The Ouroboros by Absolut and Contributor Magazine







Together with Absolut we wanted to create a new kind of event, where local artists interpreted the idea of “ouroboros” and how that can be transformed into art, design and music. The local artists were Pella Kågerman, the designer collective Klaun, and the band Tussilago.

Exploring the space around us by taking a closer look at phenomena such as the déjà-vu and other repetitive aspects of human experience, we ask ourselves: A copy, is a copy, is a copy, is a copy, of what? The ouroboros is a tail-devouring snake that symbolizes something that is constantly re-creating itself. What other ancient symbol could possibly illustrate the very ephemeral and often circular nature of fashion, the way the ouroboros does? A fashion world where trends go in boom-and-bust cycles, the memory is like that of a guppy and people are constantly moving forward, often by recycling, imitating and copying themselves or others.

About KLAUN Collective

Klaun Collective is a clothing brand. At our party they performed with two parts of the group ”Kriget”. Ylva Falk is a performer and dancer from Paris who performed with rapper Michel Dida. Behind Klaun we find Sophia Venai, also known as the artist Soso, who was singing on stage tonight.

About Pella Kågerman

Pella Kågerman just graduated from the Royal Institute of Art in Stockholm. When the guests arrived to our party they went through the door to the ”game of faith & power”, a live action role-play where ten participants played roles loosely based on figures connected to the fashion world.

About Tussilago

The group Tussilago (coltsfoot in English, one of the earliest flowers to bloom each spring) is a quartet represented by Ingrid, a record label and artist collective, founded by Lykke Li, Peter, Bjorn & John and Miike Snow amongst others. Pierre Riddez, Rickard Renström, Samuel Lundin, and Zacharias Zachrisson of Tussilago have released a debut EP on Ingrid and two brand new songs.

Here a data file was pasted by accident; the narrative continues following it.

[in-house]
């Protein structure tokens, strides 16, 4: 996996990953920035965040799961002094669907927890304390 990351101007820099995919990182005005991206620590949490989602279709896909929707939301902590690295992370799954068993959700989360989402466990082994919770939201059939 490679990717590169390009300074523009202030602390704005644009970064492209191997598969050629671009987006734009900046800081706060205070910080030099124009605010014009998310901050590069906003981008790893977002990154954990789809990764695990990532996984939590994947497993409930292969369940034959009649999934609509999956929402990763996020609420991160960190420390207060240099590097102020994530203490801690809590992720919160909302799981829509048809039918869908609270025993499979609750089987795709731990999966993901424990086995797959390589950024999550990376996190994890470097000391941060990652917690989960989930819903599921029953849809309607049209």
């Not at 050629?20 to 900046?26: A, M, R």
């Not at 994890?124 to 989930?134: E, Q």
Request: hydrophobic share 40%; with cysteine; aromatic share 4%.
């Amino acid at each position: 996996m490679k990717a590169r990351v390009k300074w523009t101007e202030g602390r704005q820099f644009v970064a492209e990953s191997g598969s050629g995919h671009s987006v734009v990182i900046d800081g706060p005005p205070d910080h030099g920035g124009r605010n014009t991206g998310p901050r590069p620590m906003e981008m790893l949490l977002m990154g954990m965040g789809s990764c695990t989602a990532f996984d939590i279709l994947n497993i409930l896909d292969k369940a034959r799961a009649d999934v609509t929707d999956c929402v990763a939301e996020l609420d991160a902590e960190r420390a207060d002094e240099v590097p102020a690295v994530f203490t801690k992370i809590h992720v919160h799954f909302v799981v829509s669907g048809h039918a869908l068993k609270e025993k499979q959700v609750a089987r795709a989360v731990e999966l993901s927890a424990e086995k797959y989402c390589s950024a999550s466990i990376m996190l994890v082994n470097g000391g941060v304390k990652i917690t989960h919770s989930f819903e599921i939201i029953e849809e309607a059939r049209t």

The Ouroboros is illustrative of the fact that snakes have an ability to seemingly rejuvenate themselves by shedding their skin and throughout history most cultures have assigned symbolic meanings to the reptile. Particularly significant is the snake that bites its own tail, the ouroboros, as a symbol for eternity in a figurative sense. It has been of great interest to different religions, mythologies, alchemy, psychoanalysis and various expressions of popular culture. Different eras have interpreted the symbol in ways that match their own experience. Along with the symbolism that surrounds the snake as an animal that is constantly rejuvenating itself, the circle forms a powerful metaphor for cyclic repetition. What’s certain is that it keeps telling us that, through constant repetition, each end corresponds to a new beginning.

A Ghost, a bag, and feet

Short Story on the theme of the ouroboros by Chuck Young

“Have you ever found yourself in an area that you haven’t been in years, where you may have lived during a couple of the great years of your youth, and while pumping gas, realized that you’re actually looking for the ghost of yourself and hoping to have him tell you the secret of how to feel the way that he does or at least have him balance things out by reminding you of all the shitty parts about being him that nostalgia has dropped from your narrative? Have you ever felt like your heart was that plastic bag filled with seashells that you collected as a kid when you weren’t sure that you’d ever see a beach again because New England winters make you forget that anything else exists, but only after nondescript ocean years when it’s crammed into a corner of your closet and you find it after your mom makes you clean it out the summer before leaving for college and you go “oh yeah” and “this smells like piss?”

Have you ever looked down, after almost a decade, and noticed that the shoes you were wearing weren’t yours and now everything you do is a fuck you to your feet?

Chuck Young is a writer from New York